Bones’s mother, Billy (Christina Hendricks), goes to discuss her mortgage arrears with the bank manager, Dave (Ben Mendelsohn). Rather than talking interest rates and fixed terms, he encourages her to take a job at a macabre nightclub where fake killings are carried out on stage to the delight of a clientele who seem permanently confined to the premises (the streets outside are always empty). You’d have to say that this wasn’t your average trip to the bank. But Billy rolls with it and soon she is pretending to slice off her own face with a scalpel and being encased in a plastic sarcophagus. Well, it’s a living.

Periodically, Gosling punctuates the action with images (a house burning in slow motion, Badlands-style, and collapsing in on itself) that might be eye-catching if the film were not so muddy-looking and poorly-lit. It seems perverse to hire a cinematographer, Benoit Debie, who is known for visual richness (his credits include Enter the Void and Spring Breakers) and then ask him to strip every shot of flair and distinctiveness. But then there’s a lot in Lost River about which audiences will be unclear. The one resounding point of clarity is that this vanity project would never have got off the ground if most of the world were not besotted with its creator. This movie marks that moment in any relationship when you realise your ideal partner isn’t perfect after all. The honeymoon is over. How we deal with life with Ryan Gosling now we know he’s not infallible may be the making of all of us.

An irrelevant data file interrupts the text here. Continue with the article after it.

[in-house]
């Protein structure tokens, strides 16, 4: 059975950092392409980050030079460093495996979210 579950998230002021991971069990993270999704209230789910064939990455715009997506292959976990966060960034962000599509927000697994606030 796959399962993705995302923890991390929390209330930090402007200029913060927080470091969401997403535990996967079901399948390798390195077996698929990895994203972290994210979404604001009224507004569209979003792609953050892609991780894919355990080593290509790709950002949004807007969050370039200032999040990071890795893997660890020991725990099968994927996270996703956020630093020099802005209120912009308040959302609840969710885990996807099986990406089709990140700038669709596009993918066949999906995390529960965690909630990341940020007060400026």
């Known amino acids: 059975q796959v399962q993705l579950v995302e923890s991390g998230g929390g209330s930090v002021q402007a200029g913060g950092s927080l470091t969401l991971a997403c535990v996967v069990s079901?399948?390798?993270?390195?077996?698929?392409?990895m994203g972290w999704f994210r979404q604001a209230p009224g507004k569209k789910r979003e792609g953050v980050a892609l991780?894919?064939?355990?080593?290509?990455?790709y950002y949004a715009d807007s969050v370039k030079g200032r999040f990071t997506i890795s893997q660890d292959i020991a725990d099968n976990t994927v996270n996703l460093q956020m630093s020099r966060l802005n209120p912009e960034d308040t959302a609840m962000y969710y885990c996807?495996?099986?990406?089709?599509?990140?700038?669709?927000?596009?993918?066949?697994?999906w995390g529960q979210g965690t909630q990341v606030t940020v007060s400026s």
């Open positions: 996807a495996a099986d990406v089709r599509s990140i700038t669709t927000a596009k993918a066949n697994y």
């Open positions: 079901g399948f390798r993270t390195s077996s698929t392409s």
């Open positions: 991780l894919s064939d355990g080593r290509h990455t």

Lost River is released on Friday.

Ryan Gilbey is the New Statesman's film critic. He is also the author of It Don't Worry Me (Faber), about 1970s US cinema, and a study of Groundhog Day in the "Modern Classics" series (BFI Publishing). He was named reviewer of the year in the 2007 Press Gazette awards.

Photo: Popperfoto
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How the Oval regained its shape: the famous cricket ground hosts its 100th Test

The challenge for Surrey is to ensure that the new fans drawn to the stadium in recent years keep coming.

Few stadiums have as rich a sporting history as the Oval. After opening its gates in 1845, it hosted England’s first home football international, the first FA Cup final, and Ireland’s inaugural rugby Test.

Though it took 35 years before a cricket Test match – the first ever in England – was played at the ground in Kennington, south London, it was worth waiting for. WG Grace scored 152 runs, setting the tone for many memorable performances  at the Oval. Among the highlights: Len Hutton’s 364 in 1938, still the highest Test score by an England batsman; Viv Richards’s double century and Michael Holding’s 14 wickets for the West Indies before an ecstatic crowd in 1976; England’s Ashes-clinching match in 2005, when a skunk-haired Kevin Pietersen thrashed the Australian attack.

But just five years later, in 2010, the Oval and its host club Surrey were in a bad way. For the first time since 1986, the first day of the annual Oval Test was not a sell-out, and attendances for county games were down. Finances were so stretched that Surrey made a dozen administrative staff redundant, and there was talk of insolvency. The club, which is owned by its 10,000 members and is a tenant of the Duchy of Cornwall, was “very close to a substantial crisis”, Paul Sheldon, then chief executive, said at the time.

Today that seems far away. On 27 July, the Oval hosted its 100th Test, the third match of the series between England and South Africa. The first day was sold out. And Surrey are now the richest first-class county, with £12m of reserves. In 2019, work will begin on a redevelopment scheme that will increase the Oval’s capacity from 25,000 to 40,000, making it the biggest cricket ground in England. (Lord’s, the Oval’s more illustrious rival, can seat 28,000 people.)